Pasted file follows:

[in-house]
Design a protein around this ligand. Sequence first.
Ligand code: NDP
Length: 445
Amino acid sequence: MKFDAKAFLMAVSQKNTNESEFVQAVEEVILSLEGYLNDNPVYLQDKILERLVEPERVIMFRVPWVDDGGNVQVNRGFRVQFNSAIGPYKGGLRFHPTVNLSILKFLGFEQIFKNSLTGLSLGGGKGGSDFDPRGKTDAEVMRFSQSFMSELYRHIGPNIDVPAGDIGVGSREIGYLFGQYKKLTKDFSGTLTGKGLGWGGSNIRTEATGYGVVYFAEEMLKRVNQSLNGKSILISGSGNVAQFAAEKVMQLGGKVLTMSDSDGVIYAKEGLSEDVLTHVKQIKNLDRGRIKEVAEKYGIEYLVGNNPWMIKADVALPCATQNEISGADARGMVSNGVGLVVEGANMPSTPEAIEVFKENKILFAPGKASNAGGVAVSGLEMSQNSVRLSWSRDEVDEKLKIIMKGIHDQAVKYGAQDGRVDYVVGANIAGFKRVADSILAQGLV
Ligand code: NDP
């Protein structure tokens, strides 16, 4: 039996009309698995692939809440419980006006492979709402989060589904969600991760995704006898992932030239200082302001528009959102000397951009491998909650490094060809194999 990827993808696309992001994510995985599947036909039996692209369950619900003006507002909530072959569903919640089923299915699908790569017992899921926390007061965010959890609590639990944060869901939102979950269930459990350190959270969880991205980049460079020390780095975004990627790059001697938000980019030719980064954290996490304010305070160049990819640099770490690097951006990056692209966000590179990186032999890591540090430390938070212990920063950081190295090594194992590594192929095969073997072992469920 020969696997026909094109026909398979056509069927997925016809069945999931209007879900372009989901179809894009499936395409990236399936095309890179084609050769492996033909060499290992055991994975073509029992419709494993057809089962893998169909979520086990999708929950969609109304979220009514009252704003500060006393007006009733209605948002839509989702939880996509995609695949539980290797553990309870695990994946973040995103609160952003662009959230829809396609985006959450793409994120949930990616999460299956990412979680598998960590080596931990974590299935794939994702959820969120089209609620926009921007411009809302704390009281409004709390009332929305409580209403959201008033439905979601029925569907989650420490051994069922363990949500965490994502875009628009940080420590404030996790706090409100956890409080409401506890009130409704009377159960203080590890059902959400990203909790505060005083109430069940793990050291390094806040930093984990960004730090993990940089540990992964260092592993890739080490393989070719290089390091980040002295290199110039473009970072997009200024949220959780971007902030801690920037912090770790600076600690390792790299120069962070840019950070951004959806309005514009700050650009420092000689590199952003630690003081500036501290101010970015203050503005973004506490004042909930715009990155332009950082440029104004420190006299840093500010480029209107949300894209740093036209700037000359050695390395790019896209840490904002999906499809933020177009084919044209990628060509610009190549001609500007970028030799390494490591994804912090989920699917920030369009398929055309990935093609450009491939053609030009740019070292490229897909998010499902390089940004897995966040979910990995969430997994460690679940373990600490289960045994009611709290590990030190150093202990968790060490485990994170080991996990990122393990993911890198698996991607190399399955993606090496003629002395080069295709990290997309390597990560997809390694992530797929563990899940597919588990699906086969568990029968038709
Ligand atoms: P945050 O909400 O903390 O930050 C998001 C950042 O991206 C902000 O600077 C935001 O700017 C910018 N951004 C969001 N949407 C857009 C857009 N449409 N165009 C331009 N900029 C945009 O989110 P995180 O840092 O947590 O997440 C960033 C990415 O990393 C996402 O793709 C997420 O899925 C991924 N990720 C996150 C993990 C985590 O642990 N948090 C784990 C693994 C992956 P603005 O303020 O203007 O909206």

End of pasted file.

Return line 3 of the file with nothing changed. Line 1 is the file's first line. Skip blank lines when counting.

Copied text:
Ligand code: NDP